Sunak to Meet With Ireland’s Martin in Sign of Post-Brexit Progress

(Bloomberg) -- Prime Minister Rishi Sunak and his Irish counterpart Micheal Martin will hold talks Thursday, a further indication that the UK government is pushing hard to end a long-running spat with the European Union over Brexit.

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UK-EU relations have been strained for months over post-Brexit arrangements in Northern Ireland. But negotiations restarted in October, and there are clear signs of progress on a deal, with Irish Foreign Minister Simon Coveney saying this week that an agreement is “doable” by the end of the year.

Read more: UK to Delay Northern Ireland Vote, Hopes for EU Deal First

Sunak will meet Martin in northwest England ahead of a British-Irish Council summit, where the UK premier is expected to call for pragmatism and for all sides to “work together in our shared interests.”

The stakes are high for Sunak’s government, not least because tensions with the EU have at times threatened to boil over into an all-out trade war at a critical time. But finding a resolution is also key to ending Northern Ireland’s own political impasse, which creates a major headache for London.

Sunak will stress his commitment to restoring the power-sharing executive in Northern Ireland “as soon as possible,” according to an emailed statement from his office.

The original Brexit deal lies at the heart of the problem. In it, the UK and EU agreed that in order to avoid a hard border on the island of Ireland, Northern Ireland should remain in the bloc’s single market. That solution is broadly welcomed by the region’s nationalists but has angered many unionists because it treats post-Brexit Northern Ireland differently to the rest of the UK.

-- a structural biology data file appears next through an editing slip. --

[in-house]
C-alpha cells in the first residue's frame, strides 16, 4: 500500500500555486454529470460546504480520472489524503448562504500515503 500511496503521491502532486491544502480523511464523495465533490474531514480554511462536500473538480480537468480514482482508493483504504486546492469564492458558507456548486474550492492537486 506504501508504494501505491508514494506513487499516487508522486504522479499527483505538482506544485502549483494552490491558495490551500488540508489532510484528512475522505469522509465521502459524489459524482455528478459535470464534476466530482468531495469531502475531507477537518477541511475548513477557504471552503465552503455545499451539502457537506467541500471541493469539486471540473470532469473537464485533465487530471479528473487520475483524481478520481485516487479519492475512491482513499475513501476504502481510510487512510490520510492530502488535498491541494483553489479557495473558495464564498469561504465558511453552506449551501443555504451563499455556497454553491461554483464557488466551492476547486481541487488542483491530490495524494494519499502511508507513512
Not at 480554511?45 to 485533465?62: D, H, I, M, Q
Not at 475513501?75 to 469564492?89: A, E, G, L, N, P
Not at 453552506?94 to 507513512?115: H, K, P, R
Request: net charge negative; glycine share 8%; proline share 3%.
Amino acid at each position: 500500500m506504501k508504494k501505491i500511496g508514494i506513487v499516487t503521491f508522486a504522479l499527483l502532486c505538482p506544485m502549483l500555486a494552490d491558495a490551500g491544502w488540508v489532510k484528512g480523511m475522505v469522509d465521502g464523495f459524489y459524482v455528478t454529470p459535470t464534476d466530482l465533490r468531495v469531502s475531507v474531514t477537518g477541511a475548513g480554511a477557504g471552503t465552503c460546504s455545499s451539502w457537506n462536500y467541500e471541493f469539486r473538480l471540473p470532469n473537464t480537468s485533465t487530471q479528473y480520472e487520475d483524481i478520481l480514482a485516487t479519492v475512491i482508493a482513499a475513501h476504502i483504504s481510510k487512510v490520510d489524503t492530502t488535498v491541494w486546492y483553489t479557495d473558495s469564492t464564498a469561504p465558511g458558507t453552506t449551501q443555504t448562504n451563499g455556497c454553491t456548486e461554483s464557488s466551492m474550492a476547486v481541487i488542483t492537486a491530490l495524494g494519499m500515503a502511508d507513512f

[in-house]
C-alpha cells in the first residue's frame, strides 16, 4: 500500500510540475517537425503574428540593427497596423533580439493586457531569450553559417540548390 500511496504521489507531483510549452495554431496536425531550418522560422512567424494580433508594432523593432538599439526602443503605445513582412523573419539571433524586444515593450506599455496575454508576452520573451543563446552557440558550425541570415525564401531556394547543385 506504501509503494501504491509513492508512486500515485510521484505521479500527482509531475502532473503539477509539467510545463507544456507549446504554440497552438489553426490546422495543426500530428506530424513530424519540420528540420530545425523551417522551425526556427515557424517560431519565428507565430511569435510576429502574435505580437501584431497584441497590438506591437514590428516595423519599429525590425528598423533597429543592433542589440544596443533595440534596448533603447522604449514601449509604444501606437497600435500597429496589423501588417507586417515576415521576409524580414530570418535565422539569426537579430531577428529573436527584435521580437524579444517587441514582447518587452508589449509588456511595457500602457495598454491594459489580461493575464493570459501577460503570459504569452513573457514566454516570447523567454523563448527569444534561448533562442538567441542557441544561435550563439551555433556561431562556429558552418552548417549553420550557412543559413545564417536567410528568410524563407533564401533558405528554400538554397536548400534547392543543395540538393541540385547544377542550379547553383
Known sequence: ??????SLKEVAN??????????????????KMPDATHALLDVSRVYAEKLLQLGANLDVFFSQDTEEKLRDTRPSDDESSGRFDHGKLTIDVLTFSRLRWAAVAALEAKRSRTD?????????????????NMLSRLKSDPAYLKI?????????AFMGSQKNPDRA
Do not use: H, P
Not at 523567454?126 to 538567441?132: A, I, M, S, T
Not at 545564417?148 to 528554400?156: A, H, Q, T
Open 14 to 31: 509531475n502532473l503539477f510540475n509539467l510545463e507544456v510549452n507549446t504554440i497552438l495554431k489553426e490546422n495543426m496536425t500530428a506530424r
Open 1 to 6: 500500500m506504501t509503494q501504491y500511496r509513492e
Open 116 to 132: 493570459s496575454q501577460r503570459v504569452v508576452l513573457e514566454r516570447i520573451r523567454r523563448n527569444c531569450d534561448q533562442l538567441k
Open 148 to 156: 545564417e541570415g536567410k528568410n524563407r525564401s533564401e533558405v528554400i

The region’s power-sharing government has not functioned since February, with the Democratic Unionist Party blocking its formation until the so-called Northern Ireland protocol is changed.

The UK also argues that implementing the Brexit deal, which effectively created a customs border in the Irish Sea, has disrupted trade between Great Britain and Northern Ireland.

Progress, Challenges

This week, the EU began testing the UK’s live trade database, which if it satisfies the bloc, could pave the way for an agreement to ease customs checks -- one of the key issues that needs to be resolved for a wider deal.

Then on Wednesday, the UK said it will legislate to give more time for Northern Irish political parties to form a power-sharing government before elections have to be held -- a clear signal that London is hoping it can strike a deal with the EU that will be acceptable to the DUP and persuade it to drop its demands.

The delay “aims to create the time and space for talks” between the UK government and the European Commission to develop, and for political parties to try to end their impasse “as soon as possible,” the UK’s Northern Ireland Secretary Chris Heaton-Harris told Parliament.

Read more: UK Closes In on EU Breakthrough in Long-Running Brexit Spat

But amid all the optimism, there are major challenges for the UK and EU to overcome, especially if the deal they come up with can appeal to unionists. Beyond customs checks, the question of governance of Northern Ireland looms large.

The UK, for example, is demanding that the European Court of Justice be stripped of its role in settling Brexit disputes in the region. That’s a red line for the EU.

Sunak is also expected to meet with Nicola Sturgeon, the first minister of Scotland, and Mark Drakeford, the first minister of Wales, at the summit Thursday. Northern Ireland will not be represented by any politicians there due to the collapse of the executive.

--With assistance from Ellen Milligan.

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